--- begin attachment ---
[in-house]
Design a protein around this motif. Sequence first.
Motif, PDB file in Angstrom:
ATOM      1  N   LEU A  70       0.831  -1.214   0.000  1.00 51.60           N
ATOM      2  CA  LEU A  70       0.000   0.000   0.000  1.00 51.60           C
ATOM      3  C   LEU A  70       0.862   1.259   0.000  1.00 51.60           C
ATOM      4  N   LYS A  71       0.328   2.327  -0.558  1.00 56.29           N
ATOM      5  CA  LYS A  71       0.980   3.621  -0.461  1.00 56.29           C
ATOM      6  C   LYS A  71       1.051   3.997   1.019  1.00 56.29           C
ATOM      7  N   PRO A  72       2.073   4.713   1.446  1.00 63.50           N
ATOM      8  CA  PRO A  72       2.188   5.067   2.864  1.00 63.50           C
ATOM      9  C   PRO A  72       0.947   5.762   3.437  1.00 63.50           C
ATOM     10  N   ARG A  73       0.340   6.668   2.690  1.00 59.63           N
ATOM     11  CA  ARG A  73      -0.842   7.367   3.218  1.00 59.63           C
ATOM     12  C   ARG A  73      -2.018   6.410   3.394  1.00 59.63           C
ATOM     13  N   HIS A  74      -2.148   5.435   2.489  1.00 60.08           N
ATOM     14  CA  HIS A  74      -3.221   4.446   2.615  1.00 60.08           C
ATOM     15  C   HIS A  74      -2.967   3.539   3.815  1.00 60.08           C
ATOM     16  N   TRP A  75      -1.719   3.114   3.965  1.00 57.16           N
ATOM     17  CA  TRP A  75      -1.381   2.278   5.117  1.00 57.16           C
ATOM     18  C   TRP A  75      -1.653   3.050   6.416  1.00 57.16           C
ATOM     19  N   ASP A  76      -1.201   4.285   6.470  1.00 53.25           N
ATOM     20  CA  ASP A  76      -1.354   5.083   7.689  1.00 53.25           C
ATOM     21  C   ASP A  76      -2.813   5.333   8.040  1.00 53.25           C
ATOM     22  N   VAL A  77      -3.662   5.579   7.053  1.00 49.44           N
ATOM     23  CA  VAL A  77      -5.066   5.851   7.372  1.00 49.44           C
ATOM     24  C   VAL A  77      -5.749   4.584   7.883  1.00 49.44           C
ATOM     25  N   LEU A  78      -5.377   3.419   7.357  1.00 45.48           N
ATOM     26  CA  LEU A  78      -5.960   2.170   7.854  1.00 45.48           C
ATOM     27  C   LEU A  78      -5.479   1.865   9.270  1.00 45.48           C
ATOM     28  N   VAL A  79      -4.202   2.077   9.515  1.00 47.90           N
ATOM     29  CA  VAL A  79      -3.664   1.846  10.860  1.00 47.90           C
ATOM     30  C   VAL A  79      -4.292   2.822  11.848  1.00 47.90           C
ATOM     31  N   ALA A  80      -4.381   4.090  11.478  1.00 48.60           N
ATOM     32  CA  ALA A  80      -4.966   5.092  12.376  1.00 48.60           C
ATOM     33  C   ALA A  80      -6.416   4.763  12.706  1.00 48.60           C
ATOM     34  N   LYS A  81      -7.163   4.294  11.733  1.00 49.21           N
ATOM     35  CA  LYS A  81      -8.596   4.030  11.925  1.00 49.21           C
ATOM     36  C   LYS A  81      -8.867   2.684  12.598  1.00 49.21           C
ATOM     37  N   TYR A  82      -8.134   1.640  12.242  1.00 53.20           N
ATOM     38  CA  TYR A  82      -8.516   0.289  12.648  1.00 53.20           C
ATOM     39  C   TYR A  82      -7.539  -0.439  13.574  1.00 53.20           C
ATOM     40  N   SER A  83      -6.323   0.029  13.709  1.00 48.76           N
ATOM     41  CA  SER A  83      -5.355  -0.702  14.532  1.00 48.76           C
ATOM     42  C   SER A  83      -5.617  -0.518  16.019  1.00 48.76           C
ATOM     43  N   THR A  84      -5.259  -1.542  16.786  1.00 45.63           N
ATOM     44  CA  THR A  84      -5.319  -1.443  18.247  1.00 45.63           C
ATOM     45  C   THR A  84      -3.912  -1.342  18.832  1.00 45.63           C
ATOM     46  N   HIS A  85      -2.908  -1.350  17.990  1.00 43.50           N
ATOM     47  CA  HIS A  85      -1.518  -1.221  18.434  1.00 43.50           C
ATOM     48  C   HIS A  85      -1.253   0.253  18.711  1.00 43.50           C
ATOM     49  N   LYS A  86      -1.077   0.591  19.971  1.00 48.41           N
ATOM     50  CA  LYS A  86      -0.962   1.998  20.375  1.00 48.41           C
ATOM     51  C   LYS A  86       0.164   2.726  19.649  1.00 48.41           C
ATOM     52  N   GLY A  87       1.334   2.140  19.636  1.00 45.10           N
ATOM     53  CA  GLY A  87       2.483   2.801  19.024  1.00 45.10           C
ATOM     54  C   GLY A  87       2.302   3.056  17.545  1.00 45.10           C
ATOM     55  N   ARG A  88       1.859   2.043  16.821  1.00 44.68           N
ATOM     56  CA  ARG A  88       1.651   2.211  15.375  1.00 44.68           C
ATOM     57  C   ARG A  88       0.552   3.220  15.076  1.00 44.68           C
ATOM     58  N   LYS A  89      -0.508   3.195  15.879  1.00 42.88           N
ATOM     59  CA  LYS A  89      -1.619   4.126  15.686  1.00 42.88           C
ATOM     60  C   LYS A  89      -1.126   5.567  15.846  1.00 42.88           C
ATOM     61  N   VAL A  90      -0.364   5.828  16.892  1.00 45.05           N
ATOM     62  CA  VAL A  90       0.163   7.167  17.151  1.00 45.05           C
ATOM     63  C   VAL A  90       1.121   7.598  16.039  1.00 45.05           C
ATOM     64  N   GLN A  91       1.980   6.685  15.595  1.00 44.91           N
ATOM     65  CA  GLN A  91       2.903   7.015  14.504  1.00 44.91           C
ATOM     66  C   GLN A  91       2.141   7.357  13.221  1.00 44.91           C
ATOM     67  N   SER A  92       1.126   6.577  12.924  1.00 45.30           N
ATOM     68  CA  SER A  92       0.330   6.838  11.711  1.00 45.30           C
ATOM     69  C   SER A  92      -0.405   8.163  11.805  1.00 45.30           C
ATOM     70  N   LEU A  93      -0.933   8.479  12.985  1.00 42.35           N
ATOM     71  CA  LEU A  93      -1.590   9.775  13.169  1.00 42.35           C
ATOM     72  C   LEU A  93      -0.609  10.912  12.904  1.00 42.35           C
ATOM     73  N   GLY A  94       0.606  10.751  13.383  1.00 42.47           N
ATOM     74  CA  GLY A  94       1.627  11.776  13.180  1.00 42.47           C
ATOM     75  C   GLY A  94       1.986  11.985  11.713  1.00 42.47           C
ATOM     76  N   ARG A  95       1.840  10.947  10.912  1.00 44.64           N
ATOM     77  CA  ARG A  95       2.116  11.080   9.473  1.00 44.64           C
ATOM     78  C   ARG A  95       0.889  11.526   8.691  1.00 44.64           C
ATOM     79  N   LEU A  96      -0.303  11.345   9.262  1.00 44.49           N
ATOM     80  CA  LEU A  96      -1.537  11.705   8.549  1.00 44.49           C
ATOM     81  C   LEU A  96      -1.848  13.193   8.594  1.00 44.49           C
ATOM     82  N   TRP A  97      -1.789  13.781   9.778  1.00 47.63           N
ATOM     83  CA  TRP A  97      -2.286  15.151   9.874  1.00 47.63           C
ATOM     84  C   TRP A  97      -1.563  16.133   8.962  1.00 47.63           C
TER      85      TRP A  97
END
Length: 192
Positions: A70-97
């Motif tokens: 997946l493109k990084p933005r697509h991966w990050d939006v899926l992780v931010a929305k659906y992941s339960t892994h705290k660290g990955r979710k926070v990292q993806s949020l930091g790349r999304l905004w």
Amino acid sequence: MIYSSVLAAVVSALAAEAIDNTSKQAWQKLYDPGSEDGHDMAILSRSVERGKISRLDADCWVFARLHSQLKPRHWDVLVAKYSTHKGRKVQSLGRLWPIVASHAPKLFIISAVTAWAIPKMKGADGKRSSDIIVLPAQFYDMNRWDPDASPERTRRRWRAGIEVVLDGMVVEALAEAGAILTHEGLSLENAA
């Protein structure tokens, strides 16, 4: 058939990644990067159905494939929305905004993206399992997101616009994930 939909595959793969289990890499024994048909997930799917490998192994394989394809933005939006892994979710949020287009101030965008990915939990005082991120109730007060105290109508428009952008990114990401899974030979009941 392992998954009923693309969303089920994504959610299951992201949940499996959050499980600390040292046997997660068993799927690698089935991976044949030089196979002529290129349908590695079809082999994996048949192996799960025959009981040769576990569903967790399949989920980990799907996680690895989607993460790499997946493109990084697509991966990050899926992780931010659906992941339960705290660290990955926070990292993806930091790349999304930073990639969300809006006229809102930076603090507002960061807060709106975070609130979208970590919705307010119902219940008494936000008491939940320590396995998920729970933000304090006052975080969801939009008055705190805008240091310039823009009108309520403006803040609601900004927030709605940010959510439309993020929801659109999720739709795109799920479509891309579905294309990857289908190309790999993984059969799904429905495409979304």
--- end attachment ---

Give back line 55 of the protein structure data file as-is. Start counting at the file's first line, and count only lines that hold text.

ATOM     52  N   GLY A  87       1.334   2.140  19.636  1.00 45.10           N